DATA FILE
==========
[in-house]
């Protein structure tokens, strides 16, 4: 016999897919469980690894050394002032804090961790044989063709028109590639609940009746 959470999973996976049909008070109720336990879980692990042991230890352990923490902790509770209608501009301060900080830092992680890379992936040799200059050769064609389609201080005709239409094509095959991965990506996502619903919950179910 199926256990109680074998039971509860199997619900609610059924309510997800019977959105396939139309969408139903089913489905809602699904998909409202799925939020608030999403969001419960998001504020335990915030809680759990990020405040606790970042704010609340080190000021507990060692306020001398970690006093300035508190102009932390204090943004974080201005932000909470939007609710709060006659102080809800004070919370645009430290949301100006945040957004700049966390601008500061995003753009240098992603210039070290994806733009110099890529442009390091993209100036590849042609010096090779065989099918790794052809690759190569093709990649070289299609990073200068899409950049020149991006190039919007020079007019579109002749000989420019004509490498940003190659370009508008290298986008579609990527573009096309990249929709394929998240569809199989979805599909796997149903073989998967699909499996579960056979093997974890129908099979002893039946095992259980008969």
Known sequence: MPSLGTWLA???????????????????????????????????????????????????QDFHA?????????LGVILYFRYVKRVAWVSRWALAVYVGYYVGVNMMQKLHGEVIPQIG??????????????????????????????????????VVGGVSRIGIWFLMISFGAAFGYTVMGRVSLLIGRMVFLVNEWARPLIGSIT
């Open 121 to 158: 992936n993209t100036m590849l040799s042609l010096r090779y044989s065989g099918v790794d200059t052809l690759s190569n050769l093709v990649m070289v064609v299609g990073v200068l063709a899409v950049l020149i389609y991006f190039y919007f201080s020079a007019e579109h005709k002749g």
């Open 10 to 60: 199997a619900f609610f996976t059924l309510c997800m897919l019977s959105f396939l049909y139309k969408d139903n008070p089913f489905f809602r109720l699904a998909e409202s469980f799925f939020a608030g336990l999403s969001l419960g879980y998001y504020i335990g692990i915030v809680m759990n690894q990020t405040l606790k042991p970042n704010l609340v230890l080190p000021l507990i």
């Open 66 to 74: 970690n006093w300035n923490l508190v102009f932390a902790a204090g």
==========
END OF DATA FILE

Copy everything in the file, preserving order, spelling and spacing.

[in-house]
């Protein structure tokens, strides 16, 4: 016999897919469980690894050394002032804090961790044989063709028109590639609940009746 959470999973996976049909008070109720336990879980692990042991230890352990923490902790509770209608501009301060900080830092992680890379992936040799200059050769064609389609201080005709239409094509095959991965990506996502619903919950179910 199926256990109680074998039971509860199997619900609610059924309510997800019977959105396939139309969408139903089913489905809602699904998909409202799925939020608030999403969001419960998001504020335990915030809680759990990020405040606790970042704010609340080190000021507990060692306020001398970690006093300035508190102009932390204090943004974080201005932000909470939007609710709060006659102080809800004070919370645009430290949301100006945040957004700049966390601008500061995003753009240098992603210039070290994806733009110099890529442009390091993209100036590849042609010096090779065989099918790794052809690759190569093709990649070289299609990073200068899409950049020149991006190039919007020079007019579109002749000989420019004509490498940003190659370009508008290298986008579609990527573009096309990249929709394929998240569809199989979805599909796997149903073989998967699909499996579960056979093997974890129908099979002893039946095992259980008969």
Known sequence: MPSLGTWLA???????????????????????????????????????????????????QDFHA?????????LGVILYFRYVKRVAWVSRWALAVYVGYYVGVNMMQKLHGEVIPQIG??????????????????????????????????????VVGGVSRIGIWFLMISFGAAFGYTVMGRVSLLIGRMVFLVNEWARPLIGSIT
């Open 121 to 158: 992936n993209t100036m590849l040799s042609l010096r090779y044989s065989g099918v790794d200059t052809l690759s190569n050769l093709v990649m070289v064609v299609g990073v200068l063709a899409v950049l020149i389609y991006f190039y919007f201080s020079a007019e579109h005709k002749g």
């Open 10 to 60: 199997a619900f609610f996976t059924l309510c997800m897919l019977s959105f396939l049909y139309k969408d139903n008070p089913f489905f809602r109720l699904a998909e409202s469980f799925f939020a608030g336990l999403s969001l419960g879980y998001y504020i335990g692990i915030v809680m759990n690894q990020t405040l606790k042991p970042n704010l609340v230890l080190p000021l507990i």
């Open 66 to 74: 970690n006093w300035n923490l508190v102009f932390a902790a204090g």